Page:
Foraging Ethics

Foraging Guidelines:

  1. Know the Plant. Please positively identify any plant before eating it, and be sure you are harvesting the right part of the plant at the right time, using a respected field guide (We recommend Peterson Field Guides’ Edible Wild Plants of Eastern/Central North America). Eating the wrong plant can lead to illness or in rare circumstances, even death.
  2. Start Slowly.  It is generally best to start with just a few plants and know them well before adding others to your repertoire. When learning new plants, it’s best to try just a small amount of one plant at a time to ensure you do not have any adverse reactions.
  3. Know the Area.  Also be aware of any environmental hazards in your foraging location such as snakes or chemical hazards from roadways, lead paint around old buildings, or areas subject to flooding from sewers.
  4. Ask Permission. You must have permission from the property owner to collect plant matter. Many people are open to sharing if you just ask!  To forage without permission is considered stealing.
  5. Know the Law. It is your responsibility to determine if public lands (such as city, state, and national parks) allow foraging and to what extent. Many public lands prohibit foraging outside of survival situations.
  6. Respect the land. Leave no trace. Fill your holes, pack out your garbage (and garbage left by others), don’t hack/slash/smash/burn your way through nature. Don’t harvest a plant if there are just a few around.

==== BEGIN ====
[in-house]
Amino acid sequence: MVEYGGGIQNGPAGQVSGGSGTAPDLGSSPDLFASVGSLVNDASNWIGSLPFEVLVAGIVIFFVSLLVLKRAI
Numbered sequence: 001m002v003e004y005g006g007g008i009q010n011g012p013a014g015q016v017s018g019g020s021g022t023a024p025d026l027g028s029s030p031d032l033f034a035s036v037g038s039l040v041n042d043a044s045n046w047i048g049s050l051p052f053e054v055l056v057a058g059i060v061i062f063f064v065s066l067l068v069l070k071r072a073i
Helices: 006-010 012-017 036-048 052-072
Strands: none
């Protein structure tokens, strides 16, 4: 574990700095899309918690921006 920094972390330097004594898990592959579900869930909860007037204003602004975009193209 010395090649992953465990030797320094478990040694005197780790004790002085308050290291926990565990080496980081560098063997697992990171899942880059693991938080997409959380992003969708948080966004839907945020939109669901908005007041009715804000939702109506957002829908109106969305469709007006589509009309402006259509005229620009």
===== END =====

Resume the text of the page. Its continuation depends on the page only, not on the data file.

7. Respect the plant. Please harvest sustainably so that there will be plenty of plants year after year. If an abundance of plants are presence, only harvest up to ⅓ of any one plant (when possible) and only ⅓ of the total plants present (with the exception being invasive species).  If plants are rare or very rare (or endangered such as wild ginseng or goldenseal), do not harvest unless in an emergency situation.  With fruit, harvest only as much as you can use.

Disclaimer: Information contained on this website is strictly and categorically intended as a reference. The providers of this website accept no liability for the use or misuse of information contained in this website.


  1. An additional consideration for # 3. Know the Area on the Foraging Ethics list: chemical hazards are not just in the soil along roadways.

    Polychlorinated biphenyls (PCBs) are no longer produced in the US, but are still found in the environment around us. PCBs have been used as coolants and lubricants in transformers and other electrical equipment because PCBs are good insulators and prevent electrical transformers from overheating or burning. PCBs are known to cause a variety of adverse health effects and are classified as probable carcinogens.

    Electrical transformers installed on electric poles and in buildings prior to 1978 will most likely contain PCBs.

    If an electrical transformer has exploded/blown during a violent storm or power grid surge, the PCB coolant will spray out over the immediate area or leak down the electrical pole (soaking into the pole if the pole is wooden). PCBs remain intact in the environment for long, long periods of time and will accumulate in the tissues of animals and plants. PCBs accumulate in plants by uptake from the soil through the roots or through wet deposition on aerial parts of the plant.

    Foragers should give electrical poles a wide berth and not collect plants in the immediate vicinity.

  2. Also be aware of any environmental hazards in your foraging location such as snakes, bears, or chemical hazards from old oil fields, roadways, lead paint around old buildings or areas subject to flooding from sewers.

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